Note - SLURM uses the word partition, but to avoid confusion for people used to using other queueing systems, we use the word queue.

Before creating and submitting jobs, it’s useful to understand the concept of queues, what queues are available for use, and the differences between them.

Queues form part of the cluster functionality provided by the scheduler (SLURM), the software used to balance node utilisation across the ADA cluster.

A queue is a pre-defined collection of nodes of a specific type, generally tailored for running a specific type of job. So your first task before running a job is to decide which queue it should be run on.


You need to specify the time for your job - this is different from hpc.uea.ac.uk.

If you don't you will be allocated the default job length of 24 hours. 

The maximum job length is 7 days (168 hours).  Jobs exceeding this will be killed automatically.

The queue names on ADA are based on the hardware type, the number of processors, and RAM for the node as follows:

Queue Name Slots Available Default Time Maximum Time RAM Per Core Priority Qos Description
compute-16-64 (default queue) 2112 24 hours 7 days 4Gb 30 - standard compute node
compute-24-96 1584 24 hours 7 days 4Gb 30 - enhanced compute node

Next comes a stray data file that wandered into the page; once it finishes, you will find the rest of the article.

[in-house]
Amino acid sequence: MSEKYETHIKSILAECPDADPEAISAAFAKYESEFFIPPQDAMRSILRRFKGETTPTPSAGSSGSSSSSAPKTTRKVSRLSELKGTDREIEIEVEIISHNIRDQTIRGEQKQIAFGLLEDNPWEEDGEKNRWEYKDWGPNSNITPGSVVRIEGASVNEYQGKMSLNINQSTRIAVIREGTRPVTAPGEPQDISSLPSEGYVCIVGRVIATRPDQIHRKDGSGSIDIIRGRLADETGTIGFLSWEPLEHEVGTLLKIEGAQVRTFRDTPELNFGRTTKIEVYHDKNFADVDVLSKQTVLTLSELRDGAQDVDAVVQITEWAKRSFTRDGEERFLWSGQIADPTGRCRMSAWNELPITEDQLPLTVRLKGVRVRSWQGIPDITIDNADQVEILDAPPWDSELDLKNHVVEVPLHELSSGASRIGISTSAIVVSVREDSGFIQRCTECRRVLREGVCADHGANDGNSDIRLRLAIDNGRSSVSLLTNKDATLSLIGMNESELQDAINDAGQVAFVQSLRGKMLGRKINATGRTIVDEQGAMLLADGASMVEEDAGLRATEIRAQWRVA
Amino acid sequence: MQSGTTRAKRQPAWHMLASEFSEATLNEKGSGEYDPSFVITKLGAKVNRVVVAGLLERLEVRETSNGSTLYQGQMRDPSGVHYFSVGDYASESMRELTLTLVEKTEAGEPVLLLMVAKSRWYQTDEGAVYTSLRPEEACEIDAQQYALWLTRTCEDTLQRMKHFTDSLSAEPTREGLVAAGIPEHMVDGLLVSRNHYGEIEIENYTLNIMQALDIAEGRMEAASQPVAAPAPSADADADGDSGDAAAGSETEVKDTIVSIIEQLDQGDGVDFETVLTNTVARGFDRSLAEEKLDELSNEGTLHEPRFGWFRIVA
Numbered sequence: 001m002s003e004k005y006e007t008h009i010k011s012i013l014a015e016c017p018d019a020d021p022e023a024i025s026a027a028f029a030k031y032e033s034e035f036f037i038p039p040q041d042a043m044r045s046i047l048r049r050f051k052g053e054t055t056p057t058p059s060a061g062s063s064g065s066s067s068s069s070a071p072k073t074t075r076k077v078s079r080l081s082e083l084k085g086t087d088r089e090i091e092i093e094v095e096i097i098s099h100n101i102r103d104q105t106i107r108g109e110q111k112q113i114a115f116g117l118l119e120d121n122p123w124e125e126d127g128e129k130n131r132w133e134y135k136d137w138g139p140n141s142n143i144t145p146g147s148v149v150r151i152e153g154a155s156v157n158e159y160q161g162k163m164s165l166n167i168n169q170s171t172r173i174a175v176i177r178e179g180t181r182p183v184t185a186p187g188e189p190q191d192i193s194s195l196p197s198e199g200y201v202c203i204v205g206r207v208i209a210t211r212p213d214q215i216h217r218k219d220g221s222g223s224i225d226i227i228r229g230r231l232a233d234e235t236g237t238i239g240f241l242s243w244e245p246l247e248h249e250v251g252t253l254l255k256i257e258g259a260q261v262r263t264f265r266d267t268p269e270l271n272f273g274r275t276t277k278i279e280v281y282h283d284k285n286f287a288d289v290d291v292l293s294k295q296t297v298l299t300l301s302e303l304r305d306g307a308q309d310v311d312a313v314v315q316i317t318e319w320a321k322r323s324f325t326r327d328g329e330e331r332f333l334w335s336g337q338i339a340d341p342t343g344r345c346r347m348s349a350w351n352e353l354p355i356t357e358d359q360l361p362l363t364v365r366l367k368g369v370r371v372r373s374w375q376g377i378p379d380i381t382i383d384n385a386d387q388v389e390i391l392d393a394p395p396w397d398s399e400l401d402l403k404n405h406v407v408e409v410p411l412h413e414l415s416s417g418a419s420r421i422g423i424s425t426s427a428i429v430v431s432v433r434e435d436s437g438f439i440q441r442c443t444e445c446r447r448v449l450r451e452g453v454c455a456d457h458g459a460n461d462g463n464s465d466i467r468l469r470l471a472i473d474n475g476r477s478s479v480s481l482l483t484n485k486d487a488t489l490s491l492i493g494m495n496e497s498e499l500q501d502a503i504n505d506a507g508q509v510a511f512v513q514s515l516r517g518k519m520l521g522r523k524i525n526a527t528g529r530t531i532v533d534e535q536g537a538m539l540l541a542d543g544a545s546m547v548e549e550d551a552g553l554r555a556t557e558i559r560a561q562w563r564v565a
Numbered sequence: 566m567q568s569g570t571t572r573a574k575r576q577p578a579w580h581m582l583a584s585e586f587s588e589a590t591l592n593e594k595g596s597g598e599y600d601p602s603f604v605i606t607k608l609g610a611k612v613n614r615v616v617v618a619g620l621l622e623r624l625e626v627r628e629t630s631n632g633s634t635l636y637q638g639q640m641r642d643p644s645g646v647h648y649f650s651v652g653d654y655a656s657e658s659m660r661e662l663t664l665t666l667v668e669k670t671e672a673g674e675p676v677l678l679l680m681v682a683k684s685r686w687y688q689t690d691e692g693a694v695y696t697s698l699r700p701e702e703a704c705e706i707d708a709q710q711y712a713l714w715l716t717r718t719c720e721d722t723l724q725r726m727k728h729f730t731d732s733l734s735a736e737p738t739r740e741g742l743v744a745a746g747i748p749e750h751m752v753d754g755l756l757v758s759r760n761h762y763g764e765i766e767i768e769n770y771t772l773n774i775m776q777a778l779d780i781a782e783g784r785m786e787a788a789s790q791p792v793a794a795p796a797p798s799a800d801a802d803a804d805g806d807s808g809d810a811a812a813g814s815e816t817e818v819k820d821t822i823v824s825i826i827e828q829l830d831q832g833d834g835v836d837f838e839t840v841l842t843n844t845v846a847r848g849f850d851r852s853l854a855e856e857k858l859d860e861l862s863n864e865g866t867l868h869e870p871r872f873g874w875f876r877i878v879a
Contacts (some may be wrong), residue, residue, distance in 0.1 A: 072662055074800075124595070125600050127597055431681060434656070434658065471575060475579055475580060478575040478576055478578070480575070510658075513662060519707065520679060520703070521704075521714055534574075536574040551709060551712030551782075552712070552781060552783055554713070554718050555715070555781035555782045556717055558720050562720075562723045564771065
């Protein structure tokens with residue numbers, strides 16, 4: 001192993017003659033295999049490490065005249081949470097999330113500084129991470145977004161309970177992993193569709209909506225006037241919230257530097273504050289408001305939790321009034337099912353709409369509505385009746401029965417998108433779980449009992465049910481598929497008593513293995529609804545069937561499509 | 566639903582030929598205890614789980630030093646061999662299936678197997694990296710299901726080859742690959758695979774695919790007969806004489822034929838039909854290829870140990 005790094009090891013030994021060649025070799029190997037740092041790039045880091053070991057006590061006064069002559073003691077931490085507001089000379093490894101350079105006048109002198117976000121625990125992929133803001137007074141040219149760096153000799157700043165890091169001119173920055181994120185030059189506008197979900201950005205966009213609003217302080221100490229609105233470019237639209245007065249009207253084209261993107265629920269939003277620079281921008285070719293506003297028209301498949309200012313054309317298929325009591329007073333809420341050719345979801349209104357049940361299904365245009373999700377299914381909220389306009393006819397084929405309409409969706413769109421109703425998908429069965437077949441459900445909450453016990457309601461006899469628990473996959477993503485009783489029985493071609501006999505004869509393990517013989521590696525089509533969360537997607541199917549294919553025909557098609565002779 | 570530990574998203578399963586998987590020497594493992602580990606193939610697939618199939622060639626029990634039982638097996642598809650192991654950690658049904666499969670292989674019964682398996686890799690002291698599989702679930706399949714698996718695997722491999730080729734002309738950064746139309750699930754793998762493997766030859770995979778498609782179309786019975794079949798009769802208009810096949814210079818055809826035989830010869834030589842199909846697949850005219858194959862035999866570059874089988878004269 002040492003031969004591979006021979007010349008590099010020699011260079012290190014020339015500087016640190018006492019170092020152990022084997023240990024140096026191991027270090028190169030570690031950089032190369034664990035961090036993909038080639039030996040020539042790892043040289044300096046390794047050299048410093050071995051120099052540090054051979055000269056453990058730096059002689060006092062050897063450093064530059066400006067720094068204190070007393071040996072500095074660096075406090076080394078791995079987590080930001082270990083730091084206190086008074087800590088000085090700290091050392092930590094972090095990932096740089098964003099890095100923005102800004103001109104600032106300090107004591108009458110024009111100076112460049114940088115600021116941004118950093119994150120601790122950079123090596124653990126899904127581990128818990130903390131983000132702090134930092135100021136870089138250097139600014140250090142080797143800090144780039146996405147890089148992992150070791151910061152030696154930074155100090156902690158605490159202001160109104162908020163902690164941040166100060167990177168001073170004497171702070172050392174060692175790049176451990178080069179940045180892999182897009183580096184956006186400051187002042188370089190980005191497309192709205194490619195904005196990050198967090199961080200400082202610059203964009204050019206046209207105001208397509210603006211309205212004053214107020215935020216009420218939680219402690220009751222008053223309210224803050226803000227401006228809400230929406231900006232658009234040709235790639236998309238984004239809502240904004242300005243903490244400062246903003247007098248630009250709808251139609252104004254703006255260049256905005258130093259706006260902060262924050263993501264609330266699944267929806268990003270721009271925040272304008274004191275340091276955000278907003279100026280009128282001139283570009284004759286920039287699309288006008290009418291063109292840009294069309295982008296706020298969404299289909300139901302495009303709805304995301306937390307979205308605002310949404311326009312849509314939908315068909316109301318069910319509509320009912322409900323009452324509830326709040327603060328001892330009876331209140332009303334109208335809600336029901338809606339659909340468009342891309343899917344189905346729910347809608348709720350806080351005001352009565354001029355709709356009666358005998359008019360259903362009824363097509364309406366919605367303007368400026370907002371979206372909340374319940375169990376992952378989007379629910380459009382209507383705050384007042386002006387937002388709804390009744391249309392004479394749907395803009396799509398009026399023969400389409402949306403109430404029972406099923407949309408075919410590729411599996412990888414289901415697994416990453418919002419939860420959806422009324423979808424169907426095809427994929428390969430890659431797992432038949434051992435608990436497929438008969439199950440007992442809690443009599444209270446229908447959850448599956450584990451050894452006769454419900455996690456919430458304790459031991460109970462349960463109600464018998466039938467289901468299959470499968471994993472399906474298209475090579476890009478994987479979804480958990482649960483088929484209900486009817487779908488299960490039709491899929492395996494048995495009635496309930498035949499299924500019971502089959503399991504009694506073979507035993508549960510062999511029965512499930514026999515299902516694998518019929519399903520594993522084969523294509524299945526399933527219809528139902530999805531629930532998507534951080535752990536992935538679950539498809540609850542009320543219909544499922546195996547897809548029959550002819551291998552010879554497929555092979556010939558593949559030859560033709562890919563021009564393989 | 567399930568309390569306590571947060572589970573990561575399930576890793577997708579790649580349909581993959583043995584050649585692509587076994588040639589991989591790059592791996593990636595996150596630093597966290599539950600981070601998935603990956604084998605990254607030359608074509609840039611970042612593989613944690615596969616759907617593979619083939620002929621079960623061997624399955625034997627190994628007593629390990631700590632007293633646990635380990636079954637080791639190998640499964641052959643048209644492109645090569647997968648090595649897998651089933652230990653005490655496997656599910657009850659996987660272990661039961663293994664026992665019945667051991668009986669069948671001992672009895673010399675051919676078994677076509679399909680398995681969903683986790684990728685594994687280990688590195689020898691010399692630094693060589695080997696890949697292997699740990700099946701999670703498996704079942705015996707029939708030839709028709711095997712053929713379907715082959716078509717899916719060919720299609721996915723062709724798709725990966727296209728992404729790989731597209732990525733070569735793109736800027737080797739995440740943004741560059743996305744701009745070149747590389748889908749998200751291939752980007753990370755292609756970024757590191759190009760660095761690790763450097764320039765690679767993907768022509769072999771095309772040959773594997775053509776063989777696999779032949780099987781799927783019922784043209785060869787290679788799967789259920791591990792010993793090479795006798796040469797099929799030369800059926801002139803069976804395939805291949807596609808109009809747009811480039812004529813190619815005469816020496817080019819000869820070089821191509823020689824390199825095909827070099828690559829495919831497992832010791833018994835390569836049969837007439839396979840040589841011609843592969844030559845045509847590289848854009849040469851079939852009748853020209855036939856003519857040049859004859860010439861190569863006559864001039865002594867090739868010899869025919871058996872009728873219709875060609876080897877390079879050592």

compute-24-128 840 24 hours 7 days 5Gb 30 - enhanced compute node
interactive 192 24 hours 7 days 4Gb 30 - interactive node
ib-24-96 672 24 hours 7 days 4Gb 30 ib parallel ib mellanox
ib-28-128 812 24 hours 7 days 4Gb 30 ib parallel ib mellanox
hmem-512 32 24 hours 7 days 32Gb 20 hmem High Memory
hmem-754 192 24 hours 7 days 32Gb 20 hmem High Memory
gpu-P5000-2 8 GPU
(2 per node)
24 hours 7 days 16Gb per cpu
192Gb per gpu
30 gpu GPU
gpu-K40-1 7 GPU
(1 per node)
24 hours 7 days 16Gb per cpu
64Gb per gpu
30 gpu GPU
gpu-V100-2 4 GPU
(2 per node)
24 hours 7 days 16Gb per cpu
192Gb per gpu
30 gpu GPU



Access to the more specialist hardware queues are restricted by the use of a QOS.  This enables us to reserve the more limited resources for jobs that need the specialised hardware.  If you think you need such access, please mail us with the reason why you want to use that resource.  We will add you to the relevant qos, or explain which other resources you should use.

video Partitions on ADA details the queue (partitions) and how to find out more about them.

Memory on the queues

The Ram per Core figure is the assumed amount available to your job if you don't specify a RAM limit.  It is the total ram divied by the number of cores on the machine.  The amount of  RAM on the machine is the final figure on the queue name.

If your job used more than the assumed level, without asking for it, it may impact other users of the node, causing jobs to slow down as memory is swapped between the different processes.

You can specify more than that figure if you want  to use more RAM - please see the memory section of this site.
If you think your job is going to need with 5Gb of total RAM available on a given queue, please move to a queue with more RAM available.  If your job is likely to need more than 120Gb RAM then you will need to use the high memory queue.